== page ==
i.e., private and public interest, it is natural that the first should act almost exclusively on the minds of individuals, and the second dominate in the councils of the representatives of the body politic. It is not less natural that individuals should take in only the sphere in which their life moves, and remain strangers or indifferent to whatever has no direct relation to their persons. Even if we, instead of considering individuals, suppose limited corporations of the state, such, for example, as cities, is it not evident that the administration of a city would be concerned only for the interests of its own territory? And is it not evident, on the other hand, that there are national enterprises whose success is more important for the prosperity of each individual city than anything they could do themselves within their own territorial limits? No matter how enlightened local administrators may be, they are like travelers at the bottom of a valley whose horizon is necessarily restricted; but the chiefs of a state, like men stationed on the summit of a mountain, take in a wide sweep of country in their view, and judge points of detail better because they know them both in themselves and in their relations. The superiority of their view arises partly from their position, and partly, perhaps, from an increase of capacity due to the importance of the part they play. Man, like every other created thing, is made up of that which is essential to him,
plus the modifications for good or ill which are added to his essential being by external circumstances. The history of every human life is the record of what has been produced in the man by virtue of that centre of action called the will, together with all the circumstances that have excited, developed, modified or paralyzed that will, or which have restrained or increased its effects. Save some too poorly gifted natures, whom chance has placed in high position, and who, in a certain fashion, are sometimes perverted by the disproportion of their faculties to their missions, it may be said that the capacity of men increases with their responsibility and authority.
—And again, on the other hand, liberty has its own power and efficacy which it is impossible to ignore.
—In the first place, liberty is a right. Man has a right to liberty only on condition of being capable of enjoying it. It results from this, that whenever a person does not enjoy the sum even of liberty which he is able to use without injury to the liberty of others, justice is violated in him. This right which is absolute should not be sacrificed to the requirements of progress, even if it could be shown that progress is impossible except through the action of authority; but it must be added that justice is never violated with impunity, and that a force intended by nature to act freely decreases, and produces imperfect effects when it is transformed by social convention, and, from being autonomous, as it should be, becomes dependent and subordinate. It is not the violation of right alone which belittles the man, but baseness of motive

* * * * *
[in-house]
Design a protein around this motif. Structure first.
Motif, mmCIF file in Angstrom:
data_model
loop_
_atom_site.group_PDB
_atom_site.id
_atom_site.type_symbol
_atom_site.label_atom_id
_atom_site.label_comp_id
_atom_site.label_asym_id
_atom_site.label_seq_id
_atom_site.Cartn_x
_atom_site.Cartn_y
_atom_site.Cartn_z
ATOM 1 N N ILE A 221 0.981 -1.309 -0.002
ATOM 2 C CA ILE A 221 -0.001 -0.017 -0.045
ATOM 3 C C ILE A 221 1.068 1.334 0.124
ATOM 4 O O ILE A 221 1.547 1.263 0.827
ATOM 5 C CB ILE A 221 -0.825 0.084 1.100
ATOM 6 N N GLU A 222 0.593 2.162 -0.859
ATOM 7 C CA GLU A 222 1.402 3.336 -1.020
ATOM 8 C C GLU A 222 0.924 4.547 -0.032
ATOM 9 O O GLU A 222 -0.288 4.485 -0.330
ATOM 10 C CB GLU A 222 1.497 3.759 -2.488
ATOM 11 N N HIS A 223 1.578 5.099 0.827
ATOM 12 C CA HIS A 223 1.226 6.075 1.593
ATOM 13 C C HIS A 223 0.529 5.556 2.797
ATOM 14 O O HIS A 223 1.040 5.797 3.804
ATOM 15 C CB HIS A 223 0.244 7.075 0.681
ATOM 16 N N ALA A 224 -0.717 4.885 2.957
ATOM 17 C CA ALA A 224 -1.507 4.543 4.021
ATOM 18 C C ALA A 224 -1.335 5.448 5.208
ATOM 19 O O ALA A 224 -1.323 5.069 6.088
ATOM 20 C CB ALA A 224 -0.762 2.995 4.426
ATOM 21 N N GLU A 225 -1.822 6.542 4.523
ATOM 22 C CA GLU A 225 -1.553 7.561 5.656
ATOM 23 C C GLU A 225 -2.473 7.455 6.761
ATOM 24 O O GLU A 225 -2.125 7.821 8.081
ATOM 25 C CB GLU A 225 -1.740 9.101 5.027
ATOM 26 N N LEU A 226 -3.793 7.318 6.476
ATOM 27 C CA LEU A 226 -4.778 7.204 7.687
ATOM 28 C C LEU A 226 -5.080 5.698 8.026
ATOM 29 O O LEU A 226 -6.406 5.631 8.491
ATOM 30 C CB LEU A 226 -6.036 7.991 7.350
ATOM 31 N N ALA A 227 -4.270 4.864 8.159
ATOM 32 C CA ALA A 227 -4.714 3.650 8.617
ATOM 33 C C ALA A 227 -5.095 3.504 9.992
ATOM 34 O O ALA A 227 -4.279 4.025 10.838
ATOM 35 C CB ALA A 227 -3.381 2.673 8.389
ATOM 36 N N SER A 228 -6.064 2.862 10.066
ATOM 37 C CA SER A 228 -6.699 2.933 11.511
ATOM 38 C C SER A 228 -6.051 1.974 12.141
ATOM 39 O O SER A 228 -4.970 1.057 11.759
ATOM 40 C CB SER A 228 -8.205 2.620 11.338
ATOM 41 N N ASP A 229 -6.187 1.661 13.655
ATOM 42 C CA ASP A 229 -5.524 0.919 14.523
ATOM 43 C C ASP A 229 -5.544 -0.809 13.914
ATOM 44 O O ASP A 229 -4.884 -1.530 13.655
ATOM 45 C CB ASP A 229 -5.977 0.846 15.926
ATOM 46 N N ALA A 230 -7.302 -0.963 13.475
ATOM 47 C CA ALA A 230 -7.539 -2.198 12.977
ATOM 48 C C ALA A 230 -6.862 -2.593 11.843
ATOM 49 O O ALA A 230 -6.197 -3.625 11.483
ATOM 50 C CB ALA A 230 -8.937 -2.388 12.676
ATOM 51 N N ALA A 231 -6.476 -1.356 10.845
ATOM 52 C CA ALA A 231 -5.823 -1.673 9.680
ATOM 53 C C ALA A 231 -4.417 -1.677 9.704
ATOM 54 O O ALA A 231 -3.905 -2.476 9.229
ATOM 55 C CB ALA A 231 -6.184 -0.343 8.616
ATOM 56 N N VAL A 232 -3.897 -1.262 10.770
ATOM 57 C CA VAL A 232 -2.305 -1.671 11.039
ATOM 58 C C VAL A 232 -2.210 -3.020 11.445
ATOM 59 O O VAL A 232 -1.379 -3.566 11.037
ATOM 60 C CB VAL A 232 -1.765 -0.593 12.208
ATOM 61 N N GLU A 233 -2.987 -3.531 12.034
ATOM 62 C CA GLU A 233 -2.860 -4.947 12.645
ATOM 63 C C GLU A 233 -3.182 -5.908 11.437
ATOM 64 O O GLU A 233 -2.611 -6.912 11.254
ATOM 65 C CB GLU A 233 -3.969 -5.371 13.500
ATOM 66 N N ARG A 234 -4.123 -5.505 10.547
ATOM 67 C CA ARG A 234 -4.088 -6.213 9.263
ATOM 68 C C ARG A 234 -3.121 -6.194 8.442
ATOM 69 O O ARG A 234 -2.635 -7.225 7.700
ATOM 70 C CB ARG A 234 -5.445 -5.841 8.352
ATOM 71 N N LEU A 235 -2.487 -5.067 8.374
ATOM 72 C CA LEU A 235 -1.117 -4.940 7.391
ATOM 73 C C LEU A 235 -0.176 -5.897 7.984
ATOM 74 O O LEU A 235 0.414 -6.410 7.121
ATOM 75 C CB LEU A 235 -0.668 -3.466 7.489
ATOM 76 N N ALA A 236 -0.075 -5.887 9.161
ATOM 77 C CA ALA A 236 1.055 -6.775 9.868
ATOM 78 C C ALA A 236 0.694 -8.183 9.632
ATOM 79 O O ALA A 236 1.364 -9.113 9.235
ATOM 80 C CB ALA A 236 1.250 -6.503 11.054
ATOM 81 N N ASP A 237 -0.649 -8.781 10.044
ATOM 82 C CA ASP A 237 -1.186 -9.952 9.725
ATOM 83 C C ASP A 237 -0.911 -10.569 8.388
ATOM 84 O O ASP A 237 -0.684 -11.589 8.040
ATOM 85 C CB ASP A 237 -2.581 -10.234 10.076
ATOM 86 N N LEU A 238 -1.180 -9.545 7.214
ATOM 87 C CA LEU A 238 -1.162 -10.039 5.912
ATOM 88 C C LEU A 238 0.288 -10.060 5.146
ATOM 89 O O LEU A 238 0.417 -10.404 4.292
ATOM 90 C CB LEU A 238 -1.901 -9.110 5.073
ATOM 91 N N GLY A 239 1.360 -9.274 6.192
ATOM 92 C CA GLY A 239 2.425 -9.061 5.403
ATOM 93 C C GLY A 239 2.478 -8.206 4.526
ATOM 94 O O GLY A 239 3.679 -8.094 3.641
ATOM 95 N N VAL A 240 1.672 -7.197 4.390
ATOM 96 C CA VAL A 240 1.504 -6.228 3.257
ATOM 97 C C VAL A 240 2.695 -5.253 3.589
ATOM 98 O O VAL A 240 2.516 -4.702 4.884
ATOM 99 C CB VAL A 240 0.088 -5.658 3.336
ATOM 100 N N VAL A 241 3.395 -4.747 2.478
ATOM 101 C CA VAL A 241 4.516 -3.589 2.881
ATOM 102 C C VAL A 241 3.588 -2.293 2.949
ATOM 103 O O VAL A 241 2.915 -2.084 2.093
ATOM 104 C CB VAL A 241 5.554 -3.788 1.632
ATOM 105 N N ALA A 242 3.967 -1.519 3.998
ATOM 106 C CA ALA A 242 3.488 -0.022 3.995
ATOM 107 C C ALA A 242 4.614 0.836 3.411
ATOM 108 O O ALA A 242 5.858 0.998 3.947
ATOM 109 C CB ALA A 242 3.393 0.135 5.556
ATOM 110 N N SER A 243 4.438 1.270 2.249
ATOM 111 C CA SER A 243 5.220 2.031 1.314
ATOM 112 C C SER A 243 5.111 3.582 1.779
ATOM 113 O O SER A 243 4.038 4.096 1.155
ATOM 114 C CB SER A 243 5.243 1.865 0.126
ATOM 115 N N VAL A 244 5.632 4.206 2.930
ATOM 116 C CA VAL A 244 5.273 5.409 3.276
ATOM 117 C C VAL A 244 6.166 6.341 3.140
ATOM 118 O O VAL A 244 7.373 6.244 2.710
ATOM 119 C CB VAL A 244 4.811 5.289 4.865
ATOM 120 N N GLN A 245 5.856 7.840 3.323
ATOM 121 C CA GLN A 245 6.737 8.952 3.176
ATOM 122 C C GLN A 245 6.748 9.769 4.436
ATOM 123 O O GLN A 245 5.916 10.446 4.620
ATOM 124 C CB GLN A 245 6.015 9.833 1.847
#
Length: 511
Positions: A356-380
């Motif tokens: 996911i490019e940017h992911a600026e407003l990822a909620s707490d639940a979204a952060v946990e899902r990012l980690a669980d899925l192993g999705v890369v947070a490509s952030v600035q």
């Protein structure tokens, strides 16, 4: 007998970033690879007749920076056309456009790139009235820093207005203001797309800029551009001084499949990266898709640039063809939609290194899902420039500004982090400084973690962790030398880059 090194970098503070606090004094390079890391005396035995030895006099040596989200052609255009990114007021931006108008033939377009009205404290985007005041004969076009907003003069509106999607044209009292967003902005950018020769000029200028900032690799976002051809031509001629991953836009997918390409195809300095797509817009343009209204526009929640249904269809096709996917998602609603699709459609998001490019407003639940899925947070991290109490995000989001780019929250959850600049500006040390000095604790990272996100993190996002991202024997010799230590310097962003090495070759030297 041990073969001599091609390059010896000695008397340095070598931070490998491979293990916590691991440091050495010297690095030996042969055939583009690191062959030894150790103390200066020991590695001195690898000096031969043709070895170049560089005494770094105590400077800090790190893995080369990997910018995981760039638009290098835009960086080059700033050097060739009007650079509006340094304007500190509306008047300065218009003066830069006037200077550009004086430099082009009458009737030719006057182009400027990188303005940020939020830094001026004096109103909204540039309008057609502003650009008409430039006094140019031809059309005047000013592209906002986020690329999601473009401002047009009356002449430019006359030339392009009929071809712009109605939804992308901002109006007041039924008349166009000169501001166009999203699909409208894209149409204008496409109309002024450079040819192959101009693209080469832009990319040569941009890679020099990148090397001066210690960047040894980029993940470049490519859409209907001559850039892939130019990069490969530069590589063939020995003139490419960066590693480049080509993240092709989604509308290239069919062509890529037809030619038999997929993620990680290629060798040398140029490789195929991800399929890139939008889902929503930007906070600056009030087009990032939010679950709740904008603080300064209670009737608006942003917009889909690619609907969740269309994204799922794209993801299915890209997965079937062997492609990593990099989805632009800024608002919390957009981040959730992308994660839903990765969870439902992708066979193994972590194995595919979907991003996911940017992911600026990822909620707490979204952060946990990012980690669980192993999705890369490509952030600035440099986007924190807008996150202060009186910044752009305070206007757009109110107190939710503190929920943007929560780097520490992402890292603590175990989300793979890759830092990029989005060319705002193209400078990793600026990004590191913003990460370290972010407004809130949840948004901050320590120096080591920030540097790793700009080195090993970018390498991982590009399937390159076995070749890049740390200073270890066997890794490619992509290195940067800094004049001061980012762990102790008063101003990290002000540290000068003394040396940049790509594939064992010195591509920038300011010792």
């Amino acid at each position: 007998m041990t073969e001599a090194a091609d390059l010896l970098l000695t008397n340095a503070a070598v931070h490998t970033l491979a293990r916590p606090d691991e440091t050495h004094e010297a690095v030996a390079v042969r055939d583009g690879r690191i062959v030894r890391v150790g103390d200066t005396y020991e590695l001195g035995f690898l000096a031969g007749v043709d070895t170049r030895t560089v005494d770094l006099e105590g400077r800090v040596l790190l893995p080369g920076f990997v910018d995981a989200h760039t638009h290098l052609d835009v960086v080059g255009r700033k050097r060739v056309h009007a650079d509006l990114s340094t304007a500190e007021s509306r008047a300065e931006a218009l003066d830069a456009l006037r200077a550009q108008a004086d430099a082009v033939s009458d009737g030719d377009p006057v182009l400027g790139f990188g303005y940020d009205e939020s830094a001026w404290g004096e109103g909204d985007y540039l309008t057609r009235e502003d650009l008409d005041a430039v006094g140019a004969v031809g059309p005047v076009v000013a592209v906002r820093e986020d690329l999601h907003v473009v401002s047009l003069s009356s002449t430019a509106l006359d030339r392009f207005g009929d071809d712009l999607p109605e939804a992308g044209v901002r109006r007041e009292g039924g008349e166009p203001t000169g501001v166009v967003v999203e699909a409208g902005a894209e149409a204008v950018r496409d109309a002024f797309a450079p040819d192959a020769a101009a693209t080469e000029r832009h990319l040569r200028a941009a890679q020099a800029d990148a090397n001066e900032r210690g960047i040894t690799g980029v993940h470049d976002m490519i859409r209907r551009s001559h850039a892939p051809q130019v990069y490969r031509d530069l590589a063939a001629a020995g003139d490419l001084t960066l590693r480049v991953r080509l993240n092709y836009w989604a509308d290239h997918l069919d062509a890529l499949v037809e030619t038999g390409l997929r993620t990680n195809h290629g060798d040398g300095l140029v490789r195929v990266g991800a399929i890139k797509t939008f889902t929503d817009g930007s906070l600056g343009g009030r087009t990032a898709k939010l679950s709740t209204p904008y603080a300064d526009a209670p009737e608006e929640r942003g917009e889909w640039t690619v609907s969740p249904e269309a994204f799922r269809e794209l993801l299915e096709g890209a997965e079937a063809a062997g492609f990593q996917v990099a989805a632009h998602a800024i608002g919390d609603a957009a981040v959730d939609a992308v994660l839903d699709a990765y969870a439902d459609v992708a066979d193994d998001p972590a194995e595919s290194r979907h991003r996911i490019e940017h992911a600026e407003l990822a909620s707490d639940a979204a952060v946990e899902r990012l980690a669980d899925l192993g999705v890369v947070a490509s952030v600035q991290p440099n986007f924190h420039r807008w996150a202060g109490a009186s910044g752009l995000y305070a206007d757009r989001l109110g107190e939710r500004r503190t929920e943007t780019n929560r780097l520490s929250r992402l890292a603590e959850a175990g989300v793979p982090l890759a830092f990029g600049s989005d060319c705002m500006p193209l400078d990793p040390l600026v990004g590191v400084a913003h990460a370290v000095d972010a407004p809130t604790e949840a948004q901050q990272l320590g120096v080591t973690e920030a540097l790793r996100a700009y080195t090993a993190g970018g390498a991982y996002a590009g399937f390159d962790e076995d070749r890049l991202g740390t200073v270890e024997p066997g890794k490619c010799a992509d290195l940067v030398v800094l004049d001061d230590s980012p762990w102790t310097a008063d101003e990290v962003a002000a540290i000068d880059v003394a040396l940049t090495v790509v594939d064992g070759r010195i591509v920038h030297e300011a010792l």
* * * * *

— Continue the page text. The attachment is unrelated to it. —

as well. A person under command acts from obedience which generally means that he acts through fear, the independent man is inspired by hope. Which is the more powerful of these motives is doubtful to no one. The man governed by others never moves except from some impulse from without; from which it follows that he neither anticipates the impulse, nor goes beyond the point to which it carries him, and that his power is quiescent whenever it is not called into requisition. The free man seeks action as water does its level; for the tendency to repose would be in him a weakness, and, if chronic, a disease. Not only does he execute better, but he seeks and he finds. Material and intellectual force developed by constant exercise, and the habit of relying on himself, make of him an incomparably superior agent in the rare cases when he needs to subordinate his action to the commands of authority. Two equal forces being given and composed of an equal number of forces, the collective force which is directed by a single will produces the more powerful effect; but the collective force of a people composed of forces which are always directed and obedient, is considerably inferior to what the collective force of the same people would be, if the simple forces composing it were developed under the influence of the strengthening breath of liberty. Now the true wealth of nations is the increase of force and the increase of action. Let us admit that unity is absolutely indispensable to certain deeds, but, in this very case, the forces united to form a collective force, are more powerful in proportion as they have been previously accustomed to liberty. Authority and liberty are consequently both parents of progress. Progress can dispense with neither; but still it is liberty which has the higher place.